Threads, Concurrency, and Synchronization

Teaching Threads

Learning Objectives

  • Using pthreads to speed up code
  • Common patterns in multithreaded programs

So what is reduce?

Funny Mapreduce Explanation

What does it look like in code?


// This is left fold, since we iterate through the list from the start
int sequential_reduce(int (*function)(char, char), int* arr, 
                      size_t size){
	char initial = arr[0];
	int offset;
	for(offset = 1; offset < size; ++offset){
		initial = function(initial, arr[offset]);
	return initial;
int main(){
	char arr[] = {1, 2, 3, 4, 5, 6};
	int sum = sequential_reduce(add, arr,
	// Whatever you want
	return 0;

Pthreads? What are thooooose?

Pthreads are short for POSIX-threads. They are a standardized way of doing multithreading on POSIX-compliant systems. A thread is short for thread of execution, meaning that the thread executes instructions independently of other threads.


int pthread_create(pthread_t *thread,
					const pthread_attr_t *attr,
                    void *(*start_routine) (void *),
                    void *arg);

  • thread somwhere to write the id of the thread
  • attr options that you set during pthread, for the most part you don’t need to worry about it
  • start_routine where to start your pthread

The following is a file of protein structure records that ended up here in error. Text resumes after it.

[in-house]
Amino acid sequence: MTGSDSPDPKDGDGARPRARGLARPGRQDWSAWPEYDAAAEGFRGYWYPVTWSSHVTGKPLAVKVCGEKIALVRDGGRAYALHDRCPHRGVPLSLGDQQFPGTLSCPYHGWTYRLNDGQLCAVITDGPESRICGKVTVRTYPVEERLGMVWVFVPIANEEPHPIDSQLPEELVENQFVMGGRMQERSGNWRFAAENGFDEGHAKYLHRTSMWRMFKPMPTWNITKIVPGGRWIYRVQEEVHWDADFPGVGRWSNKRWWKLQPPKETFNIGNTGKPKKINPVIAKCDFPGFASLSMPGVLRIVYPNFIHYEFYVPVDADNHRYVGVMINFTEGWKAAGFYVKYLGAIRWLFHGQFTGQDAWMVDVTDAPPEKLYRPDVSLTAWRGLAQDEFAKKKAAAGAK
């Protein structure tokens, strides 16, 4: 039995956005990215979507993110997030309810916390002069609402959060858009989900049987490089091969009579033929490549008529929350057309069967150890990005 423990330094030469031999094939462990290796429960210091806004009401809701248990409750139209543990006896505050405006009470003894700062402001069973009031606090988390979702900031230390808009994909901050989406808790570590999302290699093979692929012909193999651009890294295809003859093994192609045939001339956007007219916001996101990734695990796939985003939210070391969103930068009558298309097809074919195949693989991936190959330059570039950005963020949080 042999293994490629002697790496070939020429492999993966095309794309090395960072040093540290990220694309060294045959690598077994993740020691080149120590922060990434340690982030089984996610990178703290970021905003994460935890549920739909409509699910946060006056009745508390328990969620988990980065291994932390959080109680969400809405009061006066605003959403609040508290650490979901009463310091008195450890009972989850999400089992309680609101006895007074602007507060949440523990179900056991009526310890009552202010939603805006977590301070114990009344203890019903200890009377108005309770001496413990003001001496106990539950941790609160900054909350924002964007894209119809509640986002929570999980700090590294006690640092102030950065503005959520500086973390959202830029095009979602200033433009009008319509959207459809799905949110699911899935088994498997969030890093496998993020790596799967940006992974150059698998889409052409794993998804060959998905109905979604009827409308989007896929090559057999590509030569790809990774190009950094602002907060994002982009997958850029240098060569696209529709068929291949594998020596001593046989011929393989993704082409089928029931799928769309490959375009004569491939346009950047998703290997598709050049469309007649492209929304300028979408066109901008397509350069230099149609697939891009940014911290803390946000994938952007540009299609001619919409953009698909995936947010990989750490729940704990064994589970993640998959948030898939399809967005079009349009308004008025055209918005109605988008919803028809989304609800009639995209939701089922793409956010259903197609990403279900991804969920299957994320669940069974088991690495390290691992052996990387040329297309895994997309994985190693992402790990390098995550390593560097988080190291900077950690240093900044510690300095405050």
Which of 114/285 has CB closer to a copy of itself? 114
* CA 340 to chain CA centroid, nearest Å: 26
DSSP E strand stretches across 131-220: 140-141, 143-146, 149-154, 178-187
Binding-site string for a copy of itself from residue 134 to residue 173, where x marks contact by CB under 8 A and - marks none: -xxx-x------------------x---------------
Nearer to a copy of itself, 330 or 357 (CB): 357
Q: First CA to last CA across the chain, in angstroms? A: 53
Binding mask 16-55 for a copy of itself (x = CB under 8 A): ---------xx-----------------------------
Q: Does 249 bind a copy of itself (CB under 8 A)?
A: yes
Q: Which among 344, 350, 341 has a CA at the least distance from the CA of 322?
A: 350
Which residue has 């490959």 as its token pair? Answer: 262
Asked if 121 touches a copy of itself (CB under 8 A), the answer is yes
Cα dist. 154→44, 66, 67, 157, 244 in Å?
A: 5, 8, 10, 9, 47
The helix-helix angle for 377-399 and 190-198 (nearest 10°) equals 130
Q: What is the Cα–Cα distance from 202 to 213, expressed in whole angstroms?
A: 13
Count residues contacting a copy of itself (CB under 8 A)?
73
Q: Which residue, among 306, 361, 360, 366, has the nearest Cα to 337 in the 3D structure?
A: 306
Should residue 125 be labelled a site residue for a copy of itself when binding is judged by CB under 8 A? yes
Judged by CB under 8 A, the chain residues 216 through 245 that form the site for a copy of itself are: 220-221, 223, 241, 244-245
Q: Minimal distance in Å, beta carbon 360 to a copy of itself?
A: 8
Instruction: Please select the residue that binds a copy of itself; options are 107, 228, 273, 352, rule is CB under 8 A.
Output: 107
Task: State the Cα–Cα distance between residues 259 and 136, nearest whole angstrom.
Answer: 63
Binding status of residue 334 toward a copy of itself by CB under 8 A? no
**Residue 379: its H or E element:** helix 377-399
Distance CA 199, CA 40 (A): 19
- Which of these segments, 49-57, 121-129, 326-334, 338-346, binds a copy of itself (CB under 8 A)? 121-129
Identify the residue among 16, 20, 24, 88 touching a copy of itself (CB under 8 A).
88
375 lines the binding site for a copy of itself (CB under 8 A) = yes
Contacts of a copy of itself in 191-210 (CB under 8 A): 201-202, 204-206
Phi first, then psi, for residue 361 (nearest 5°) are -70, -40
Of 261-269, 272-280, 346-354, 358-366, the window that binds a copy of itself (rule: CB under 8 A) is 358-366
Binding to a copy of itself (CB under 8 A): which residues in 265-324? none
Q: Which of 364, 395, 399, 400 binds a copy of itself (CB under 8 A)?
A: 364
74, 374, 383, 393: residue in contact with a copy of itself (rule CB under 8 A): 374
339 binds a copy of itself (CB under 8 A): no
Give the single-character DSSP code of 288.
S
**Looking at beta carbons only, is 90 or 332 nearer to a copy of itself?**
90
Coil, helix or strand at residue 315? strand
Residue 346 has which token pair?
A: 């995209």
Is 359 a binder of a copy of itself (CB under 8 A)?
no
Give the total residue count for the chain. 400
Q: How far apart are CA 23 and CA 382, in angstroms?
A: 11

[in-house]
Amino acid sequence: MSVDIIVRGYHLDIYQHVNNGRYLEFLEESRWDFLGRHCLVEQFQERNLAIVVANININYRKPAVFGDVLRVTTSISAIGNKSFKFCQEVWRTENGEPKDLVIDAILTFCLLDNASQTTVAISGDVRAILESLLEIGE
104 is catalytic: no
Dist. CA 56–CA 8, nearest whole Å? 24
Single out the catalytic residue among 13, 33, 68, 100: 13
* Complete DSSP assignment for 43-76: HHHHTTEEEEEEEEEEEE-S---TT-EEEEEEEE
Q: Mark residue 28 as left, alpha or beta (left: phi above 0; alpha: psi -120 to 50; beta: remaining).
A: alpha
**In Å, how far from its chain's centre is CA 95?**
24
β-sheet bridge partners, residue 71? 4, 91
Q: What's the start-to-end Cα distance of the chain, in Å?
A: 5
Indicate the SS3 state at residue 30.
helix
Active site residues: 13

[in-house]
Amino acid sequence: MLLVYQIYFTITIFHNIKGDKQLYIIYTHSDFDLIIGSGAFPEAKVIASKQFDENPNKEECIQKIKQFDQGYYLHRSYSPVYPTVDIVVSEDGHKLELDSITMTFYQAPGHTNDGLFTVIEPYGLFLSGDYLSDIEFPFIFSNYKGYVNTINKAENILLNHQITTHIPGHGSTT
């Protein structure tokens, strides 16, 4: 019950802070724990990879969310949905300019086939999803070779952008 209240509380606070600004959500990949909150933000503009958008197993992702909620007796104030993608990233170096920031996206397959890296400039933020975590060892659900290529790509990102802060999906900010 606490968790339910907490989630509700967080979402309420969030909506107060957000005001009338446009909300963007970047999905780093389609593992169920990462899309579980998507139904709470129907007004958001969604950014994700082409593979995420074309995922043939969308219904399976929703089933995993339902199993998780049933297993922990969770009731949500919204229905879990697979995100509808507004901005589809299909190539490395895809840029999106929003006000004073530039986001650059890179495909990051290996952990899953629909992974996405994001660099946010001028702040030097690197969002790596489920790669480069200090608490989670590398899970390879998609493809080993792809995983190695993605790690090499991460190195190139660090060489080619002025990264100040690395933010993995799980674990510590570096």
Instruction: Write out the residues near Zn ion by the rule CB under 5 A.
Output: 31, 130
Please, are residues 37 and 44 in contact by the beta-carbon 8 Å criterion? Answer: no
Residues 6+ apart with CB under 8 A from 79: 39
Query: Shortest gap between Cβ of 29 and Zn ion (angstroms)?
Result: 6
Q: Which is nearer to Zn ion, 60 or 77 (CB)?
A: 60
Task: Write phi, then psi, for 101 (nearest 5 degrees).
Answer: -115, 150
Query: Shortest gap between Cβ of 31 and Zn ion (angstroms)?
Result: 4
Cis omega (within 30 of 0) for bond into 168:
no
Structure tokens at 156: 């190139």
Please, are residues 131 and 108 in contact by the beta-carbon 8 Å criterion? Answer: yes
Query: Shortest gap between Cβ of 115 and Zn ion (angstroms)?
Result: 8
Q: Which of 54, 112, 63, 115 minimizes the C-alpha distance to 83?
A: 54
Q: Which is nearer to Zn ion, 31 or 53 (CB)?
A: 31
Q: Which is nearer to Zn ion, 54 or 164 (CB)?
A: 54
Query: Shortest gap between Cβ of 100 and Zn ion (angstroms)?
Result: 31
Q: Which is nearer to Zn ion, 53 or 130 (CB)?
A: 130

• arg the arguments to give to each pthread

Join Me!

int pthread_join(pthread_t thread, void **retval);

  • thread the value of the thread *not a pointer to it
  • retval where should I put the resulting value

Just like waitpid, you want to join all your terminated threads. Calling pthread_join on a thread makes your program wait for that thread to finish before continuing. There is no analog of waitpid(-1, …) (which waits for any child process to terminate) because if you need that ‘you probably need to rethink your application design.’ - man page.

Killing threads

You can guess what happens in pthread_kill.

All parallel code

#include <pthread.h>

void* do_massive_work(void* payload){
	/* Doing massive work */
	return NULL;

int main(){
	pthread_t threads[10];
	for(int i = 0; i < 10; ++i){
		pthread_create(threads+i, NULL, do_massive_work, NULL);

	for(int i = 0; i < 10; ++i){
		pthread_join(threads[i], NULL);
	return 0;

Some advanced stuff


Each thread gets its own registers, stack pointer, and stack. However, all threads within a program share the heap, static, and code (text) regions of memory.

Parallel reduce: putting it all together

We want you to split up the work done by reduce into multiple threads, in order to parallelize it. Dividing up the work should look something like the following

Thread array division

Wait a minute, don’t we need mutexes and stuff?

You have been going through mutexes and other synchronization primitives in lecture, but the most efficient data structure uses no synchronization. This means that so long as no other thread touches the exact samepiece of memory that another thread is touching – there is no race condition. We are then using threads to their full potential of parallelism.